After a successful Fall 2012 semester at Auburn, in which he made the Dean’s List, Eduardo began a professional internship with the Walt Disney World Industrial Engineering Department in January 2013. During his semester-long internship, Eduardo supported capacity analysis, present/future state, and other projects at attractions across The Walt Disney World Resort. Eduardo says, “Coming from the frontline operation of an attraction and then being able to support different attractions across all four parks was an incredible opportunity. I led roughly five projects which helped make key decisions at certain locations.” One of Eduardo’s favorite projects was working on determining the Guest counting accuracy at a new attraction that has since been opened in the Magic Kingdom. “I had the opportunity to work with Imagineering and other Industrial Engineers during the process. It was an interesting challenge to be able to coordinate a study of an attraction that had not yet been made available to Guests,” Eduardo writes. During his time in Industrial Engineering, Eduardo was able to not only work on his critical thinking and math skills, but to develop his interpersonal and communication abilities. He learned that no matter what leadership role a person takes, interpersonal skills and communication are often the two main tools required in successfully completing a project.

Despite getting a head-start in real work environments, Eduardo has made sure to remain focused on his academics as well. He has been on the Dean’s List for three of his four semesters at Auburn, and developed excellent study habits. In addition to his academic excellence, Eduardo enjoys volunteering when possible, especially through Auburn’s Impact Volunteer Organization. With previous experience performing improvisation for audiences in his hometown, he became a founding member of Auburn University’s first improvisation troupe: Lee County Flannel Club. Eduardo was a part of the initial planning and approval phases, and looks forward to returning to Auburn and performing improvisational skits and shows for the Auburn community.

Eduardo remains a seasonal Cast Member with Walt Disney World, and hopes to return to the Industrial Engineering Department for another term in the summer of 2014. When asked about his passion for Industrial Engineering, Eduardo writes, “The value of an industrial engineer in just about all fields is incredible. Process/work flow improvement can be applied to the automotive industry, healthcare, and theme parks alike. I look forward to the challenges and growth that my career path has the potential for, and I am continually grateful to the Auburn Family for giving me that chance to pursue my dreams.”

2013-2014 Scholars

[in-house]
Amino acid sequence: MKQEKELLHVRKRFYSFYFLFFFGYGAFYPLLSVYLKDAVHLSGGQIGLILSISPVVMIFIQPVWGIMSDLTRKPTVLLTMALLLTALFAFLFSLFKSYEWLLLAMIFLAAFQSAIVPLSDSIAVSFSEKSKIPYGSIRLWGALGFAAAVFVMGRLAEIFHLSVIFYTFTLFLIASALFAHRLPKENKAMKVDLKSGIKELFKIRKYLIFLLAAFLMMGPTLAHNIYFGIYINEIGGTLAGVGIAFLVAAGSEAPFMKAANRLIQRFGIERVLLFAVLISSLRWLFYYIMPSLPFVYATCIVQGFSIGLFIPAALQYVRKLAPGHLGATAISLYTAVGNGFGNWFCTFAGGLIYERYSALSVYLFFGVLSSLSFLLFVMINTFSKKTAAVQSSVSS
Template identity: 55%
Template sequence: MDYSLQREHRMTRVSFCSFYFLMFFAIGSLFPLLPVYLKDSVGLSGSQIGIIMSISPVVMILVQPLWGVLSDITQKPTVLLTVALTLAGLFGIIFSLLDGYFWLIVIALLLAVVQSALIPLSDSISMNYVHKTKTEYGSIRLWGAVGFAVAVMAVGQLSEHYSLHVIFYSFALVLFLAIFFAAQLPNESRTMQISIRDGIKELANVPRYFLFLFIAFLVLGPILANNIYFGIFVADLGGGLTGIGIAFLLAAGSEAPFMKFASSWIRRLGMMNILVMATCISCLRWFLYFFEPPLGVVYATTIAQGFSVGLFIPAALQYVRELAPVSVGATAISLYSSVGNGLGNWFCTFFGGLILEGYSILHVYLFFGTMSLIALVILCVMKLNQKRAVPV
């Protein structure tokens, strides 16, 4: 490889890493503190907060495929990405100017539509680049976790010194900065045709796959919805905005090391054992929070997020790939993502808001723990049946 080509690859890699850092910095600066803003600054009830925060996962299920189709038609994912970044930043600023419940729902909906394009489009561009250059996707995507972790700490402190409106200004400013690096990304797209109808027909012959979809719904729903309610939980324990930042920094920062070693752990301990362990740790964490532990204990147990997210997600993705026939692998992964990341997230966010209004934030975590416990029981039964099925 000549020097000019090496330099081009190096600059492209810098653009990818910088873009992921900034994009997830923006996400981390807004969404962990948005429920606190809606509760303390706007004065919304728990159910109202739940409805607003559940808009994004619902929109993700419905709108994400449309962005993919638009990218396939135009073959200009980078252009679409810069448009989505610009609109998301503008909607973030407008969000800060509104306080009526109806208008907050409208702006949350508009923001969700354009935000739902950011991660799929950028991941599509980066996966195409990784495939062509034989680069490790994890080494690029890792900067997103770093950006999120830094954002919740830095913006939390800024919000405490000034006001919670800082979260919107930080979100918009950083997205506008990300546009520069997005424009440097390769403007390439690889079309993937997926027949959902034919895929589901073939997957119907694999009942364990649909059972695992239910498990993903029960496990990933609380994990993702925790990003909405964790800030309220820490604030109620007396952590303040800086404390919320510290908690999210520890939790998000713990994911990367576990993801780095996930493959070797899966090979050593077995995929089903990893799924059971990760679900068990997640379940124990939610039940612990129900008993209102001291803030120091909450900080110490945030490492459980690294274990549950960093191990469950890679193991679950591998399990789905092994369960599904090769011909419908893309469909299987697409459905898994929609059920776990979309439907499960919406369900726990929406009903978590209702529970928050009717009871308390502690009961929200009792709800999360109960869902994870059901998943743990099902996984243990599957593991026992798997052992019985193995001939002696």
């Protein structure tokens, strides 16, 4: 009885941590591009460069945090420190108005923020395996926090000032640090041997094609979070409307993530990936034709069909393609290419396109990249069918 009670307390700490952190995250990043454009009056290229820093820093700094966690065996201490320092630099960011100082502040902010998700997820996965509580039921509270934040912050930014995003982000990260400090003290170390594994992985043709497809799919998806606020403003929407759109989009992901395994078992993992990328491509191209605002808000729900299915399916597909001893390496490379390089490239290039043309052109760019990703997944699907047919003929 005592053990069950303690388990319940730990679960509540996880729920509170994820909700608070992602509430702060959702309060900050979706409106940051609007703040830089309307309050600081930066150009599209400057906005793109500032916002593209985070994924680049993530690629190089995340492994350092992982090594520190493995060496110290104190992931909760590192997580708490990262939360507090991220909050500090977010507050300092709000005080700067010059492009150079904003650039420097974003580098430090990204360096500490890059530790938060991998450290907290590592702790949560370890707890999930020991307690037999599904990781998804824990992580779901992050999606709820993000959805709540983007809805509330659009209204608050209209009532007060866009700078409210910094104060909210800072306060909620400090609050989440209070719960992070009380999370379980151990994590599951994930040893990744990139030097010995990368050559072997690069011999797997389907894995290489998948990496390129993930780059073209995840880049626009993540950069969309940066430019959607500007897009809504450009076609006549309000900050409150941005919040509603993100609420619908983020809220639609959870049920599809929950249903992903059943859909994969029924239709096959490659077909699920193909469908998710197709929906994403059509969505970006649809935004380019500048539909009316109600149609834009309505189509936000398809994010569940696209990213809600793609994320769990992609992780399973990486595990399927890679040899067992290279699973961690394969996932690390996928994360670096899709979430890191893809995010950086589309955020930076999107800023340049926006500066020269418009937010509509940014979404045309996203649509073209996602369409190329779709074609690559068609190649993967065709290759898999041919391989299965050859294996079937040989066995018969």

Jessica Belue

Jessica Belue has had several leadership positions while at Auburn. During freshmen year she participated in the Student Government Association’s (SGA) group called Exploring Leadership in Freshmen (ELF). ELF enabled her to meet many people not only in ELF, but also in other SGA programs. “The most important lesson that I learned from ELF is that leaders need to have a support team behind them to make tasks possible,” Jessica says. This summer, she is a Camp War Eagle peer adviser for the College of Engineering. It is very rewarding for her to help the incoming freshmen determine classes and to address concerns about their academic and social success at Auburn. Jessica is from New Market, Alabama and is a junior.  Last semester, she began co-oping at Rheem Manufacturing in Montgomery with the Industrial Engineering Department.  her favorite task at Rheem was participating in a Kaizen event to reduce the downtime between changeovers in the residential water heater department.  She says, "I wanted to make the residential area more efficient by replacing manual equipment with automated machines and provide techniques to make the area function faster.  My main task during my first co-op term was to make the commercial water heater department more efficient by decreasing changeover time, relocating machines, and improving the process to produce water heaters. I completed many time studies for commercial electric and gas water heaters. This was to get an accurate time for the machines to use for calculations about downtime and changeovers in the future.” The other major task that she worked on was creating and auditing Total Productive Maintenances (TPMs) within the plant. “I have had the privilege to work with other industrial engineers that have given me great guidance and mentored me throughout my co-op term. Rheem has allowed me to take real-world problems back to the classroom and apply real-world situations to the material 

Jessica summarizes her thoughts of ISE: “When I think of industrial and systems engineering, I think of efficiency. I think a system should work at its best ability and the way that it was designed to work. Determining ways to improve a system in order to maximize output and profits is just one reason why I chose this field. I think industrial and systems engineering makes me a well-rounded engineer and allows me to approach engineering projects differently than other engineering majors.”covered in Industrial Engineering. I learned more than engineering principles at Rheem; I learned about the business world and how to reduce costs and therefore maximize profits,” Jessica writes.